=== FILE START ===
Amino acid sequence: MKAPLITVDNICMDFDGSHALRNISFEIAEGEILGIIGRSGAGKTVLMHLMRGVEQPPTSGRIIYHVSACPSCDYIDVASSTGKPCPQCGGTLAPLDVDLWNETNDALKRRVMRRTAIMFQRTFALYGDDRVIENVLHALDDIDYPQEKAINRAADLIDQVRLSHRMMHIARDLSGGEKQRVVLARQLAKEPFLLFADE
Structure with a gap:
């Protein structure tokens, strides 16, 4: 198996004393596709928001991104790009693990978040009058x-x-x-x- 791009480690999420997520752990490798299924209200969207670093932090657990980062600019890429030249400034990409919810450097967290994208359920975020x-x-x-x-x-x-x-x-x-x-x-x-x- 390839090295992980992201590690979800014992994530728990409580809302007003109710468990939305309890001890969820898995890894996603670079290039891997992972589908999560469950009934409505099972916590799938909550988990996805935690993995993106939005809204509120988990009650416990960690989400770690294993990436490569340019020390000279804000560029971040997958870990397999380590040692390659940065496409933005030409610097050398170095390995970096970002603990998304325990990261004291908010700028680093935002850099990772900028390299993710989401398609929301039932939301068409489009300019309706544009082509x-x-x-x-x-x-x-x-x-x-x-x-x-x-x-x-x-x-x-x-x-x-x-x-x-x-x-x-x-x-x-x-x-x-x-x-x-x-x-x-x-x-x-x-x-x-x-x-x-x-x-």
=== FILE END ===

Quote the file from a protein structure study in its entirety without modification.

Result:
Amino acid sequence: MKAPLITVDNICMDFDGSHALRNISFEIAEGEILGIIGRSGAGKTVLMHLMRGVEQPPTSGRIIYHVSACPSCDYIDVASSTGKPCPQCGGTLAPLDVDLWNETNDALKRRVMRRTAIMFQRTFALYGDDRVIENVLHALDDIDYPQEKAINRAADLIDQVRLSHRMMHIARDLSGGEKQRVVLARQLAKEPFLLFADE
Structure with a gap:
């Protein structure tokens, strides 16, 4: 198996004393596709928001991104790009693990978040009058x-x-x-x- 791009480690999420997520752990490798299924209200969207670093932090657990980062600019890429030249400034990409919810450097967290994208359920975020x-x-x-x-x-x-x-x-x-x-x-x-x- 390839090295992980992201590690979800014992994530728990409580809302007003109710468990939305309890001890969820898995890894996603670079290039891997992972589908999560469950009934409505099972916590799938909550988990996805935690993995993106939005809204509120988990009650416990960690989400770690294993990436490569340019020390000279804000560029971040997958870990397999380590040692390659940065496409933005030409610097050398170095390995970096970002603990998304325990990261004291908010700028680093935002850099990772900028390299993710989401398609929301039932939301068409489009300019309706544009082509x-x-x-x-x-x-x-x-x-x-x-x-x-x-x-x-x-x-x-x-x-x-x-x-x-x-x-x-x-x-x-x-x-x-x-x-x-x-x-x-x-x-x-x-x-x-x-x-x-x-x-």